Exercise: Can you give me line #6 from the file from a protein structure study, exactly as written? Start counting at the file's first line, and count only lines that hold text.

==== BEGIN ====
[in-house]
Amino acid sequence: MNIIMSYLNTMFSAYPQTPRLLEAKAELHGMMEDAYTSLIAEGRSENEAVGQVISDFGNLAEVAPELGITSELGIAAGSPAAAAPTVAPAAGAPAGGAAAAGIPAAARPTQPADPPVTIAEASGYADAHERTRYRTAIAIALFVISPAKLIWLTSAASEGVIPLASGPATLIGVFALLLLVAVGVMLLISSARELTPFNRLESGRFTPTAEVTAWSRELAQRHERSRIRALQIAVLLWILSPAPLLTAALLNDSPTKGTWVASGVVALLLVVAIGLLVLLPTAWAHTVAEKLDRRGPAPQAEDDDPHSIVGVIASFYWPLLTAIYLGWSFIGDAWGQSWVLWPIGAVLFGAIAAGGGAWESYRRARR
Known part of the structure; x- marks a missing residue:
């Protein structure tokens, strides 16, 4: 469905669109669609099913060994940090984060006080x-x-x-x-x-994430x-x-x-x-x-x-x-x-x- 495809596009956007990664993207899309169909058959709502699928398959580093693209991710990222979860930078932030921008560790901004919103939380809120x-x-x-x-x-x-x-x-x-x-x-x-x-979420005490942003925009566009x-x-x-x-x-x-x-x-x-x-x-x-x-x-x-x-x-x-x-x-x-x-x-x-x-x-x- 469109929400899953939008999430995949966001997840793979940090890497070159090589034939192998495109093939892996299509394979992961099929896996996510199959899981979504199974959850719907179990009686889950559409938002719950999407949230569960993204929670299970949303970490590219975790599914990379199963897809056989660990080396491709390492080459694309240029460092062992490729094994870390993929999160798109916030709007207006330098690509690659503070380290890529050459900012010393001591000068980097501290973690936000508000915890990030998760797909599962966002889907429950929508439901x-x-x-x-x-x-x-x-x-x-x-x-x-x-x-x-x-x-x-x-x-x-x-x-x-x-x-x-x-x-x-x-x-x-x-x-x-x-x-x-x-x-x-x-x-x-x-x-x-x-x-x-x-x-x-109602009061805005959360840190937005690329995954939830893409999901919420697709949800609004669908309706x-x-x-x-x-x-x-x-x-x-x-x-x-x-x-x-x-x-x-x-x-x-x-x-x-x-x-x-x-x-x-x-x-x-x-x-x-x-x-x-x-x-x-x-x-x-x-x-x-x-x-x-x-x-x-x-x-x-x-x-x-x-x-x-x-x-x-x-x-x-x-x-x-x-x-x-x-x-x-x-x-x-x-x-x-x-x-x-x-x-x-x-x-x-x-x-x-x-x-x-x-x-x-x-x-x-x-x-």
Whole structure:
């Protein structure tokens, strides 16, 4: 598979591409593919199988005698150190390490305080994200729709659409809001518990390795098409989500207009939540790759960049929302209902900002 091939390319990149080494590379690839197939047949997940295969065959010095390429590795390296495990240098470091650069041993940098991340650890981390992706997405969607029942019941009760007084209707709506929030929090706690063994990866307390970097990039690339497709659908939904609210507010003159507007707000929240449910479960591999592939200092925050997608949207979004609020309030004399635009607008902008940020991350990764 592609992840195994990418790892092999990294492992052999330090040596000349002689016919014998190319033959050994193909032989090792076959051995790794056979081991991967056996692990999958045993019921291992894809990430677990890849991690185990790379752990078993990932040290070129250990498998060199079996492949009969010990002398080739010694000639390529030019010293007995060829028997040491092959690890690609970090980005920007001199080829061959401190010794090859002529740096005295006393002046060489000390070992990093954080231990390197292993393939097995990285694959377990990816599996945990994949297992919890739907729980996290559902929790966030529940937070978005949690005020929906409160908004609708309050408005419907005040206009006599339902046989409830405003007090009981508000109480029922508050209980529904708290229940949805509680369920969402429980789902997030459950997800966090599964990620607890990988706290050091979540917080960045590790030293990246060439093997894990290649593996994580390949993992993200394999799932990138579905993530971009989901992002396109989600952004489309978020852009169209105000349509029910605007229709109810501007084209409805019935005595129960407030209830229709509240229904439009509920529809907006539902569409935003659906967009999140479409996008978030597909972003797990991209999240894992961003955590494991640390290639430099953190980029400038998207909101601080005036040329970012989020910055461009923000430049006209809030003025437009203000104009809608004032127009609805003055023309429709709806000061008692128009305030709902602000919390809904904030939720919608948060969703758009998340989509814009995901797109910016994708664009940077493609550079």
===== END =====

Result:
């Protein structure tokens, strides 16, 4: 598979591409593919199988005698150190390490305080994200729709659409809001518990390795098409989500207009939540790759960049929302209902900002 091939390319990149080494590379690839197939047949997940295969065959010095390429590795390296495990240098470091650069041993940098991340650890981390992706997405969607029942019941009760007084209707709506929030929090706690063994990866307390970097990039690339497709659908939904609210507010003159507007707000929240449910479960591999592939200092925050997608949207979004609020309030004399635009607008902008940020991350990764 592609992840195994990418790892092999990294492992052999330090040596000349002689016919014998190319033959050994193909032989090792076959051995790794056979081991991967056996692990999958045993019921291992894809990430677990890849991690185990790379752990078993990932040290070129250990498998060199079996492949009969010990002398080739010694000639390529030019010293007995060829028997040491092959690890690609970090980005920007001199080829061959401190010794090859002529740096005295006393002046060489000390070992990093954080231990390197292993393939097995990285694959377990990816599996945990994949297992919890739907729980996290559902929790966030529940937070978005949690005020929906409160908004609708309050408005419907005040206009006599339902046989409830405003007090009981508000109480029922508050209980529904708290229940949805509680369920969402429980789902997030459950997800966090599964990620607890990988706290050091979540917080960045590790030293990246060439093997894990290649593996994580390949993992993200394999799932990138579905993530971009989901992002396109989600952004489309978020852009169209105000349509029910605007229709109810501007084209409805019935005595129960407030209830229709509240229904439009509920529809907006539902569409935003659906967009999140479409996008978030597909972003797990991209999240894992961003955590494991640390290639430099953190980029400038998207909101601080005036040329970012989020910055461009923000430049006209809030003025437009203000104009809608004032127009609805003055023309429709709806000061008692128009305030709902602000919390809904904030939720919608948060969703758009998340989509814009995901797109910016994708664009940077493609550079």